0Aug 24, '06 by EDGRADNURSEThanks for the info. I think the issue boiled down to not being comfortable or knowledgeable enough about accessing or running abx through the permacath.
I think it would have been far more detrimental to the patient to just wing it (not knowing about aspirating the Heparin) without taking a few minutes to find out what the correct procedure was or get someone (thank god-the dialysis nurse) to help us. I would have refused to run the abx also without more information. We worked very hard to find a solution to the problem.
I'm very grateful for the input as now I know what to do if this situation arises again and I can share the info with other nurses should they run into the same problem.
0Aug 24, '06 by km5v6r"My preceptor and I spent nearly all day trying to straighten out this IV access issue"
The impression I had from the original post was that several hours had past while trying to establish another access in this pt rather then use the dialysis catheter. Time the pt may not have had. I am in NO way recommending that someone "wing it" with an unfamiliar procedure. However, while preceptors are not expected to know everything they are expected to know where to find the answers and that includes timely accessing of the experts; in this case the dialysis staff. While on call I routinely answer this type of question including those that call at 0'dark thirty. It is part of the job and why I get a whole $1.50/hour for carrying the pager.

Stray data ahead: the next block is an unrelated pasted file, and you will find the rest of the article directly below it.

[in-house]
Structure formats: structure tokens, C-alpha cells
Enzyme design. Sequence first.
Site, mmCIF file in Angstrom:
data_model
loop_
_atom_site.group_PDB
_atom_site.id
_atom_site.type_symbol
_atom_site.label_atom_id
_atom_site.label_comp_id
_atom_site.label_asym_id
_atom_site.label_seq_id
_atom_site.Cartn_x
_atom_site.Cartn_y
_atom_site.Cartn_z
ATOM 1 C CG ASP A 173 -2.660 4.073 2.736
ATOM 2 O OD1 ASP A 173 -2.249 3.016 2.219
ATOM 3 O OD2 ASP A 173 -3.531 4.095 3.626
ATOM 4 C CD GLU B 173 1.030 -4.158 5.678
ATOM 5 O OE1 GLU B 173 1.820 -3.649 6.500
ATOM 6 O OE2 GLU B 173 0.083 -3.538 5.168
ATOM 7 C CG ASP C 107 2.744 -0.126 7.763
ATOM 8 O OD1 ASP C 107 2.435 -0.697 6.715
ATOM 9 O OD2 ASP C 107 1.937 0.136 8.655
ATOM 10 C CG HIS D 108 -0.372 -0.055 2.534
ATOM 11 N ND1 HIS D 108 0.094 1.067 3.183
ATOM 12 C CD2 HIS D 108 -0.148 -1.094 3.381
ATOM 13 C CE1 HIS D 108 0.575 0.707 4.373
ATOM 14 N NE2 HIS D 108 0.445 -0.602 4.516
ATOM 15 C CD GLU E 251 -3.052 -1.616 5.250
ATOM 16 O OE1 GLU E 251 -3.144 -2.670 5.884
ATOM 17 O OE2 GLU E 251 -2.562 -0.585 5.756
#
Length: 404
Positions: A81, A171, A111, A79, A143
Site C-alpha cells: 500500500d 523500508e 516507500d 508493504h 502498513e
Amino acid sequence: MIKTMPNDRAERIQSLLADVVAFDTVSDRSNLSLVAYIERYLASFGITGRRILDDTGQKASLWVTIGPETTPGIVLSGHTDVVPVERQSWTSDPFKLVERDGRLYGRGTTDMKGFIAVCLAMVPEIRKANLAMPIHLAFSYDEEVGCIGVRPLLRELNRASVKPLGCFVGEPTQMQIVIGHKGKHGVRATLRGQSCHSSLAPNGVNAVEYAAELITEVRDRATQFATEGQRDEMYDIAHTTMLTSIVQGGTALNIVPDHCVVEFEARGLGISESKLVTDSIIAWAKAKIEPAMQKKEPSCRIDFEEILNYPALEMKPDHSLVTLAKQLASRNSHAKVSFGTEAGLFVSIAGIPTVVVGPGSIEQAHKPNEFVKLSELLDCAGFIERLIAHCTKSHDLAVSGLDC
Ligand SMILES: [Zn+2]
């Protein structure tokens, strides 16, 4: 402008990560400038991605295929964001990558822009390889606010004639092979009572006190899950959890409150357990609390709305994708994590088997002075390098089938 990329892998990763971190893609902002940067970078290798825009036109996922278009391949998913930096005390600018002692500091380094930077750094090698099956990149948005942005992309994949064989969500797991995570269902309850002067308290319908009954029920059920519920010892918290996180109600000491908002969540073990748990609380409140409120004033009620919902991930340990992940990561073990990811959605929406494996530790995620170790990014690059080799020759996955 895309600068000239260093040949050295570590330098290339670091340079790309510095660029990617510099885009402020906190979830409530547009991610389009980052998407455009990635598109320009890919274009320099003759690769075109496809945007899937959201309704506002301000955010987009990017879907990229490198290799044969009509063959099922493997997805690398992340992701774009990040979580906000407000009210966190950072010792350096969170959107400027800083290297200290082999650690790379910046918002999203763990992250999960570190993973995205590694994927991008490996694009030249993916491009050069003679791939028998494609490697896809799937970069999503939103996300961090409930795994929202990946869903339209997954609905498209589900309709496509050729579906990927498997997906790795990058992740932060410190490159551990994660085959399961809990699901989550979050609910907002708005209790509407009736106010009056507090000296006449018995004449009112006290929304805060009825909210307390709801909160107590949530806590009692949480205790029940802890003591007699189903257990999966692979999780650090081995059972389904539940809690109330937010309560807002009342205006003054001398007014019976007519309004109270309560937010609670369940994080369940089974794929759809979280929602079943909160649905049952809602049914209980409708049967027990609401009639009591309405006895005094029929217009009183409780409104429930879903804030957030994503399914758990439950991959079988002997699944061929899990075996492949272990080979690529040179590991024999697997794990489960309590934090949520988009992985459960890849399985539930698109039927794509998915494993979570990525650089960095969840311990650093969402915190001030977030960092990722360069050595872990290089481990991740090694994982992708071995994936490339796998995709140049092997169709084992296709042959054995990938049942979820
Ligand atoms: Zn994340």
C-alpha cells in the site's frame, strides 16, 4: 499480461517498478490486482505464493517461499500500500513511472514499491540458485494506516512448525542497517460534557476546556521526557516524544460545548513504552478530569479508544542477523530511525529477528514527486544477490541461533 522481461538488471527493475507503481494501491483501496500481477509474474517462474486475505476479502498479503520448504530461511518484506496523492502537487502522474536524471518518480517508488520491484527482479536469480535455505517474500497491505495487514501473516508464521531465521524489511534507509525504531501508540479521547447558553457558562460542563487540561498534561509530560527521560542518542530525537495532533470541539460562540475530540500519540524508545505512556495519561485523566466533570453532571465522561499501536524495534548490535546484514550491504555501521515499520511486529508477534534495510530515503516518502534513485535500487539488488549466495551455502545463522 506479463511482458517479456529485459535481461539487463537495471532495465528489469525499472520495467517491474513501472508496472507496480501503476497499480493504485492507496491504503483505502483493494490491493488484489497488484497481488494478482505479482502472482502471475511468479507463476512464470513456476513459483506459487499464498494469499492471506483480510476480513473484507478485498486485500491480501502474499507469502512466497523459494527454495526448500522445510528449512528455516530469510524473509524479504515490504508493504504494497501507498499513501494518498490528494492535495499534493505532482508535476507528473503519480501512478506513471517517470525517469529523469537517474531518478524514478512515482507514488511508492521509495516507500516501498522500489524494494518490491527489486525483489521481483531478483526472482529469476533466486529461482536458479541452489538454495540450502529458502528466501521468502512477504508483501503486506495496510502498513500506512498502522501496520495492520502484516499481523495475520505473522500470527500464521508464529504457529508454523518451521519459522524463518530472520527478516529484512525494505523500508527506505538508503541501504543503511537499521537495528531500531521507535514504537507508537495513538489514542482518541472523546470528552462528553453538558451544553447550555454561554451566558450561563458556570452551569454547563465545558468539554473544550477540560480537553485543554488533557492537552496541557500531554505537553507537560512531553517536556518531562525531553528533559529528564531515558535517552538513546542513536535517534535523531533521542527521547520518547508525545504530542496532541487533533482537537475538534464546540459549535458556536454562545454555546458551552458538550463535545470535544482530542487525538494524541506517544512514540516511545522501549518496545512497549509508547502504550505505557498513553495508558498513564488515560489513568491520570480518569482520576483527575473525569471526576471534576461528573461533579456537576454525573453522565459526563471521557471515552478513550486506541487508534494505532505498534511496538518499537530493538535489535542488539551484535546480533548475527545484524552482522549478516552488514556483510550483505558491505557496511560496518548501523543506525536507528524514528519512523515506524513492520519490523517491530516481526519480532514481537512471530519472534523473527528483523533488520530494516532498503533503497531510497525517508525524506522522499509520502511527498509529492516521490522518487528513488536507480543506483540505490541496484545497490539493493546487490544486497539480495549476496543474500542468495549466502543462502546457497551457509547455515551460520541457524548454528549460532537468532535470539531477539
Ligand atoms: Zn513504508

"The docs kept insisting to run the abx in through the permacath"
I read this as meaning there were multiple phone calls to the physician after the order to give the med through the dialysis line. Again, that takes time. One phone call to the doc then a call to the dialysis nurse. If the dialysis nurse says "NO" or more likely "H*%% NO" then you can call the doc back and shift the blame. "The dialysis nurse (the expert/higher authority) said that is against hospital policy" or "You (doctor) have to call the nephrologist for the OK to access the catheter." Above all take yourself out of the hot seat.
If there is ever any question about a dialysis pt do not hesistate to call the dialysis staff. This includes diet questions, what meds to give or hold, where to take a b/p lab draws ect. All dialysis nurses I know would rather answer the same question from the same person every day then have a mistake made to a pt.
0Sep 10, '06 by diaboThere will sometimes be emergencies where the catheter must be accessed. Sometimes they are accessed in the ambulance, or during a code, or in the ER. Had one today in ICU; 24 year old sickle cell, seizure precautions, high fever, combative (pulled her IV out after eight tries), IV access a must. The doctor ordered NS at KVO to run contuously via the blue port. (we use 10cc/hr for our non pee ers) Sometimes you need both the blue and the red if the meds are not compatible The key is a nephrologist order. Otherwise some nurses will cry to the other doctors that they can't get an IV started, when in reality they would find a way were it not for the permacath.